Genes & Exercise
Genes play key role in exercise outcomes
A new study has found that genes play a significant role in how our bodies respond to exercise and has identified a number of specific genes that influence the outcomes of different kinds of physical activity.
The research, published in the journal PLOS ONE and led by experts from the Cambridge Centre for Sport & Exercise Sciences at Anglia Ruskin University (ARU) in England, found that up to 72% of the difference between people in performance outcome following a specific exercise can be due to genetic differences.
The scientists analyzed results from 3,012 adults aged between 18-55—who had not previously taken part in exercise training—to determine how our genes can affect three important types of physical exercise.
Muscle strength, cardiovascular fitness, and anaerobic power are all key factors in shaping an individual's fitness, wellbeing, and quality of life, and all participants showed improvements following their exercise training, but to varying degrees, even when performing exactly the same exercise training.
By combining data from 24 separate studies, the researchers discovered that genetic differences are responsible for 72% of the variation in outcomes for people following identical exercises designed to improve muscle strength.
Meanwhile, genetic variations caused 44% of the differences seen following cardiovascular fitness exercises, measured through V̇O2max testing, and 10% of the differences in outcomes following exercises to improve anaerobic power, which is key for movement and agility. The remaining variations are influenced by other factors such as diet and nutrition, recovery, and injuries.
Each gene possesses alleles, and the allele type can influence how effective that gene is. The researchers believe it is these alleles that cause people's bodies to respond differently to the same exercises.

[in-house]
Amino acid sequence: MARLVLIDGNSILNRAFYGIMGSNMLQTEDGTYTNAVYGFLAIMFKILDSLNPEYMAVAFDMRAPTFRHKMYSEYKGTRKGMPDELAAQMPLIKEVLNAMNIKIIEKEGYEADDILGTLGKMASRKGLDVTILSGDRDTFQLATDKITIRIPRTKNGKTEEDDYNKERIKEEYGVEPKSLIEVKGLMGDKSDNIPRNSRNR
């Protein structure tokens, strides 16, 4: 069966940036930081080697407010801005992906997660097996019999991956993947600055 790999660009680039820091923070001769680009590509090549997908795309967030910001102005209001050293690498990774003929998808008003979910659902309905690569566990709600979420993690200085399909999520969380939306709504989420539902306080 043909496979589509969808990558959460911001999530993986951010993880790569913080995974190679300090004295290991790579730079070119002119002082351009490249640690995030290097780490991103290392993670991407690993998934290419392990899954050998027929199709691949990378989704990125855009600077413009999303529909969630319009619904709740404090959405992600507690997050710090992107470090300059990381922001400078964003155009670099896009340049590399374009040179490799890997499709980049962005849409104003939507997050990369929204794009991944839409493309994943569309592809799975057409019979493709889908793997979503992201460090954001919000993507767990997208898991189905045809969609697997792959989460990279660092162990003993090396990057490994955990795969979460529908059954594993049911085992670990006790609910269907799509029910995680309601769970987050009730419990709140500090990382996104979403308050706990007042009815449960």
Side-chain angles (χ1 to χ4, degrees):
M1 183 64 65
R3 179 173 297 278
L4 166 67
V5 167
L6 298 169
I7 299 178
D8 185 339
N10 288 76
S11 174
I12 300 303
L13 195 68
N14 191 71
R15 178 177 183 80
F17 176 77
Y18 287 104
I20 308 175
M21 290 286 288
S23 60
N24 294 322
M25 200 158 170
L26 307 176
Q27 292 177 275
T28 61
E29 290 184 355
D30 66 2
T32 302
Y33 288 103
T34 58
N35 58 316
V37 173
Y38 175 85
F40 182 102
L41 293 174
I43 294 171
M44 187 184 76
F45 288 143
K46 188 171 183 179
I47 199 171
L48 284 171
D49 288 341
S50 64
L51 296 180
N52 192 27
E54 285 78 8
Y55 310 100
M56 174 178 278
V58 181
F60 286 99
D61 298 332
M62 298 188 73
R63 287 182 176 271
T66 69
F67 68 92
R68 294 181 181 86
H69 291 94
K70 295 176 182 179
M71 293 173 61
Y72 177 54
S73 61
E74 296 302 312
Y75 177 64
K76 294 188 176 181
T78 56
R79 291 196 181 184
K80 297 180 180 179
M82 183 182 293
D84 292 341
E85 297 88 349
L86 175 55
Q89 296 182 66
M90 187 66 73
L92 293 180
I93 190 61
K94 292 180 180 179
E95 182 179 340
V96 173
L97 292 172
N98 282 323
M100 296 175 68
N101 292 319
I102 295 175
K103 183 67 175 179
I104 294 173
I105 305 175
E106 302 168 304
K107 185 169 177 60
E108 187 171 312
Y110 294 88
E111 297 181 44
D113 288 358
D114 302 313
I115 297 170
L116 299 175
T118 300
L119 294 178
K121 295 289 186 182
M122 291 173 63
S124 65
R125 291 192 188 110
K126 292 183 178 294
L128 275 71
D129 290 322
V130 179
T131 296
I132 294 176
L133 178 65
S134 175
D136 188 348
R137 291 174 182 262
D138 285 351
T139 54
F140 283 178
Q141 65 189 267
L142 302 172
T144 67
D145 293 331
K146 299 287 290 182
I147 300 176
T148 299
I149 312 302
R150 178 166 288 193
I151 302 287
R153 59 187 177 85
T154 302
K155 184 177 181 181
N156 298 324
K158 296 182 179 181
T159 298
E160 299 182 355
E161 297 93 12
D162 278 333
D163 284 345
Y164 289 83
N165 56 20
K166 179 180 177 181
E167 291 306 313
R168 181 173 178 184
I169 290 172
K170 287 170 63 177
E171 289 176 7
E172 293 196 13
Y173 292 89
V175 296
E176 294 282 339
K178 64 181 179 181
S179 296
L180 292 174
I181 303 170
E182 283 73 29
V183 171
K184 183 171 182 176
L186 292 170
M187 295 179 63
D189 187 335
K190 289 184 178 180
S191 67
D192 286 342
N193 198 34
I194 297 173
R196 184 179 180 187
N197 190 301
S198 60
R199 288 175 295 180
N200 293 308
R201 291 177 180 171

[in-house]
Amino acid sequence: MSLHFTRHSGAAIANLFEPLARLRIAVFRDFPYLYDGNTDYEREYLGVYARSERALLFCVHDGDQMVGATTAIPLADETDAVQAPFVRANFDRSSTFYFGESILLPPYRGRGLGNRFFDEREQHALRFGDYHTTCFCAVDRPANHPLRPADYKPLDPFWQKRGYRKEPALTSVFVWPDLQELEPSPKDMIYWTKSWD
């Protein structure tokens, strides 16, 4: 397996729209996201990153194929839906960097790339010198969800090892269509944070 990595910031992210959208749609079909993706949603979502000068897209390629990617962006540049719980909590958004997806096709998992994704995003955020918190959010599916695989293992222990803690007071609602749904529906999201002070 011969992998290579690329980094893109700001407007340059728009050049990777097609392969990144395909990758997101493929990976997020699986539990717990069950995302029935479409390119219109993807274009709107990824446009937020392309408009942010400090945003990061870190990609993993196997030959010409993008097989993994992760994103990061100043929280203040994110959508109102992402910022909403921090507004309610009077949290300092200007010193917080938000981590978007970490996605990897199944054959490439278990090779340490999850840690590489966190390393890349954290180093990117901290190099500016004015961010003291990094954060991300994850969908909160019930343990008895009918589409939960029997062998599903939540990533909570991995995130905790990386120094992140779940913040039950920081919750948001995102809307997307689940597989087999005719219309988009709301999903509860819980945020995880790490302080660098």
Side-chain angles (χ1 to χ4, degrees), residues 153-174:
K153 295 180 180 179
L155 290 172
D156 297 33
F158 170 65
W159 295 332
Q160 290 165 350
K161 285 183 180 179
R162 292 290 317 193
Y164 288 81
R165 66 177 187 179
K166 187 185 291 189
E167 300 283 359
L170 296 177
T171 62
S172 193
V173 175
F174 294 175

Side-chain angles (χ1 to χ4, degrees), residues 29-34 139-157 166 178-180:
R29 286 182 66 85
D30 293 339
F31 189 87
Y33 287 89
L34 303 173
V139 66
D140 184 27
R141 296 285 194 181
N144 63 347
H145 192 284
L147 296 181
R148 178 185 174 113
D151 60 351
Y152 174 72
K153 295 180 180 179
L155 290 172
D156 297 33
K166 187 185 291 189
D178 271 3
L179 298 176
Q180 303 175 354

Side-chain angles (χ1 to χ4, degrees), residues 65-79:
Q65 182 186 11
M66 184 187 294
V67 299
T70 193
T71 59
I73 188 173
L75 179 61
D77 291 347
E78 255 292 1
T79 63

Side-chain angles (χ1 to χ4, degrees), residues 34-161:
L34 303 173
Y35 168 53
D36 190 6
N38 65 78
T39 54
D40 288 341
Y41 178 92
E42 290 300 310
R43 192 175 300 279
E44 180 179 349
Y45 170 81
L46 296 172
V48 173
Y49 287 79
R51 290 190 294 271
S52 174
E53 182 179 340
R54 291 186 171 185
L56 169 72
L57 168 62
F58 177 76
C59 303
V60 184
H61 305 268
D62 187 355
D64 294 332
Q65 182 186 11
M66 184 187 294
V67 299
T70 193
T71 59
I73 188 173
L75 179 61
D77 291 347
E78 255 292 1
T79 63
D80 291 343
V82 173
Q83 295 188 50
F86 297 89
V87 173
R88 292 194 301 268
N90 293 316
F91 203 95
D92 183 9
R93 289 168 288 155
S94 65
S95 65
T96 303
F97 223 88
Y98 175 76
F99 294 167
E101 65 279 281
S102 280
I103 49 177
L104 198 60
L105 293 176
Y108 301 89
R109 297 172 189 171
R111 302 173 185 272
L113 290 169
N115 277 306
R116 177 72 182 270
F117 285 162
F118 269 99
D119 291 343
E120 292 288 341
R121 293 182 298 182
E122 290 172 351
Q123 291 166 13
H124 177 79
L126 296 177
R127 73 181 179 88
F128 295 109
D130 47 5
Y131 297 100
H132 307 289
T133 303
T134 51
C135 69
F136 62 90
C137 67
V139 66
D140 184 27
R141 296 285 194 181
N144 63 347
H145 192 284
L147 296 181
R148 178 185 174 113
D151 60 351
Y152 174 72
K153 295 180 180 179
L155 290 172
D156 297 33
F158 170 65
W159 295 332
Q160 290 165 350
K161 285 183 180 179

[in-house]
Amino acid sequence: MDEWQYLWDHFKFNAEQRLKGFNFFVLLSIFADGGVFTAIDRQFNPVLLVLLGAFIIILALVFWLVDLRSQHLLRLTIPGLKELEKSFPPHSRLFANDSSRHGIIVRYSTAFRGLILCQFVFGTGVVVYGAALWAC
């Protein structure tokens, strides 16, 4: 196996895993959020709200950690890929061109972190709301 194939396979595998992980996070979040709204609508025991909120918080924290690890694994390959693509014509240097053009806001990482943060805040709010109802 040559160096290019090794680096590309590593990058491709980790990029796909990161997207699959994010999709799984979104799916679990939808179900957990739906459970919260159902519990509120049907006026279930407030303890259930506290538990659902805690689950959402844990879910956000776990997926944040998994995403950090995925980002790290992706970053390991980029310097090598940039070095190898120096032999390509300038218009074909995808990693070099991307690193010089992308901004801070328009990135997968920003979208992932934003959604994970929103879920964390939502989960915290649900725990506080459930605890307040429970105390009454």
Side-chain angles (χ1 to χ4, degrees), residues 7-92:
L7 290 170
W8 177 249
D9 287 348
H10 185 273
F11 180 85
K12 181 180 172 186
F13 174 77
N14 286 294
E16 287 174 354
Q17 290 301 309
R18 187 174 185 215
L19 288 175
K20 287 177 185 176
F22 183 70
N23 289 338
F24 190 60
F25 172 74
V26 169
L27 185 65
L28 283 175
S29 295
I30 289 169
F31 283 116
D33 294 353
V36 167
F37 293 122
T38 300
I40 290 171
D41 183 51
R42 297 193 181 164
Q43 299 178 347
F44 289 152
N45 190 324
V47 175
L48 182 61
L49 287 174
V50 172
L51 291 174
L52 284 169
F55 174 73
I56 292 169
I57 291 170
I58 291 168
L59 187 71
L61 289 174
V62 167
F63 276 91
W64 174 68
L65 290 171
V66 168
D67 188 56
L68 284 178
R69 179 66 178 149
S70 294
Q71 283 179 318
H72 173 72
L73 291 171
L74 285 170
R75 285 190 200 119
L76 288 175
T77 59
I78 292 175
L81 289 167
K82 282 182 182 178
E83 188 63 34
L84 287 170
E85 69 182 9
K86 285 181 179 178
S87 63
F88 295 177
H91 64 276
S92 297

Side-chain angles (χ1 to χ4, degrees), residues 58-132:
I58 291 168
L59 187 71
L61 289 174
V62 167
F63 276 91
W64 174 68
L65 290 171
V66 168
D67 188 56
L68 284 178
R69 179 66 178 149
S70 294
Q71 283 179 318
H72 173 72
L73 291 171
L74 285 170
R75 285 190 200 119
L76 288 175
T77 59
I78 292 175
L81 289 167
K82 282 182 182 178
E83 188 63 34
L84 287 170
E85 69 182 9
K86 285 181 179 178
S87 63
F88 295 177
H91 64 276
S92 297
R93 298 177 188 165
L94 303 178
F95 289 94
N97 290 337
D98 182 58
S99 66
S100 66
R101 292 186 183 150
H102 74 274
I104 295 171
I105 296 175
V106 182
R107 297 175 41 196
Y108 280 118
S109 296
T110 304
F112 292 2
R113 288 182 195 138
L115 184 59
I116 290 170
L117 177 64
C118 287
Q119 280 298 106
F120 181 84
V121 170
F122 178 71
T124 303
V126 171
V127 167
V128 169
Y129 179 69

In total, the study identified 13 genes, and associated alleles, as being responsible for how well the body reacts to cardiovascular fitness, muscular strength, and anaerobic power exercises.
The researchers suggest that gene testing could allow exercises to be tailored so they are more effective for each individual, rather than generic exercise for all. This could benefit everyone from hospital patients undergoing rehabilitation to elite sportspeople.
Lead author Henry Chung, a Postgraduate Researcher at Anglia Ruskin University (ARU), said: "We know that exercise is good for us, but we all improve at different rates, even when following identical training regimes. This means there are other factors at play.
"Our study found 13 genes that have a role in exercise outcomes, and we found that specific alleles contained within these genes are more suited to certain aspects of fitness. For example, with repetition exercises designed to boost muscular strength, genetic differences explained 72% of the variation in outcomes between people following the same training.
"Because everyone's genetic make-up is different, our bodies respond slightly differently to the same exercises. Therefore, it should be possible to improve the effectiveness of an exercise regime by identifying someone's genotype and then tailoring a specific training programme just for them.
"This could particularly benefit those who need to see improvements in a short period of time, such as hospital patients, or elite sportspeople, where marginal improvements could mean the difference between success and failure."